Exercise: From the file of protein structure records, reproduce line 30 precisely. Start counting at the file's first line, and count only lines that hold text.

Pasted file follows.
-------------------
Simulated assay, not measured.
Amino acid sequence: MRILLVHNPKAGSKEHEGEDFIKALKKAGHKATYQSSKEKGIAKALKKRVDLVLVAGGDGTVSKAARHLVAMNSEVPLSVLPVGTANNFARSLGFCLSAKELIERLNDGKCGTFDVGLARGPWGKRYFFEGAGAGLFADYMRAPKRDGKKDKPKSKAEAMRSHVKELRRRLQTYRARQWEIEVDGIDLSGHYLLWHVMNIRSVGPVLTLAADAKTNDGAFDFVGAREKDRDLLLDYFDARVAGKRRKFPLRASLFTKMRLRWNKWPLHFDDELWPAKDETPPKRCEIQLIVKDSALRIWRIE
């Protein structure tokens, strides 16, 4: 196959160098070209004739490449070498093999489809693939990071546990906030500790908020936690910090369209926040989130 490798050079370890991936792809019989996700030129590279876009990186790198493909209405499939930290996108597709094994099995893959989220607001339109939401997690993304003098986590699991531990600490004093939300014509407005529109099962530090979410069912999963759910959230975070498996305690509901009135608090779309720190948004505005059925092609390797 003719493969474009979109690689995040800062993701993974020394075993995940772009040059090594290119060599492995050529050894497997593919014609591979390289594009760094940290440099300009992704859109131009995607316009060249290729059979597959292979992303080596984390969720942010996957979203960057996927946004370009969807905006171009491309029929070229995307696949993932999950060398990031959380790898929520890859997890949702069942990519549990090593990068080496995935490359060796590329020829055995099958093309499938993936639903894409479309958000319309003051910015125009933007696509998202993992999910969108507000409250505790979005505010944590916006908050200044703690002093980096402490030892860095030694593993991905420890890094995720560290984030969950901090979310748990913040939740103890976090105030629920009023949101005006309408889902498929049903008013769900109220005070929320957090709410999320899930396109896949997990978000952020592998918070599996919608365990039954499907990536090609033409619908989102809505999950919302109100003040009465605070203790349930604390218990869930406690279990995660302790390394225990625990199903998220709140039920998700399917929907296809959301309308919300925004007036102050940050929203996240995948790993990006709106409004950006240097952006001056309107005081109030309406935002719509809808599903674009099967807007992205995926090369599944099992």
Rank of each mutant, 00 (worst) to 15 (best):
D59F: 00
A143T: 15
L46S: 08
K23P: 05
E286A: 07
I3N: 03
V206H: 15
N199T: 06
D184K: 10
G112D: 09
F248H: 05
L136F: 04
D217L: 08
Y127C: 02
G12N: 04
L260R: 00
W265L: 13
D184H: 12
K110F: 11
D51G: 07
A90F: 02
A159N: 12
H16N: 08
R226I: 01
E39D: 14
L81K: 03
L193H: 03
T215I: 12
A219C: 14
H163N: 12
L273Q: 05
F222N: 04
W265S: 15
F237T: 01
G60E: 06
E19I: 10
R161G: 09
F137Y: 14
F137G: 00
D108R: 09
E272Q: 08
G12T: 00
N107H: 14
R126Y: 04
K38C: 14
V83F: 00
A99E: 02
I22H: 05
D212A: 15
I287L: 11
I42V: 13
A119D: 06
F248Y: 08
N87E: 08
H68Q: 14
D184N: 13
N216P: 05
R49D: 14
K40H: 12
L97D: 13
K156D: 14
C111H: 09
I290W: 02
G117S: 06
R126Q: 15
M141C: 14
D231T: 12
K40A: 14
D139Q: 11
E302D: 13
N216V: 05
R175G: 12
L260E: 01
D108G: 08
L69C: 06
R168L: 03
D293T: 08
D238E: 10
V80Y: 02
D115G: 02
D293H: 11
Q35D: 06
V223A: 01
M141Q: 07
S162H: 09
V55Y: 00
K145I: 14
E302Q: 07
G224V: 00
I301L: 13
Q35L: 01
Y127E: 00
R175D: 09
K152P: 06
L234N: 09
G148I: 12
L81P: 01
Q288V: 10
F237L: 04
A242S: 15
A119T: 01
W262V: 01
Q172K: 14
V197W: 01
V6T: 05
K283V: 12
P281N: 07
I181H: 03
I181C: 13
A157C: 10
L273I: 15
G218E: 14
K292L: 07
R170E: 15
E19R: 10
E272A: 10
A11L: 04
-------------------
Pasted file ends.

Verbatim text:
L81K: 03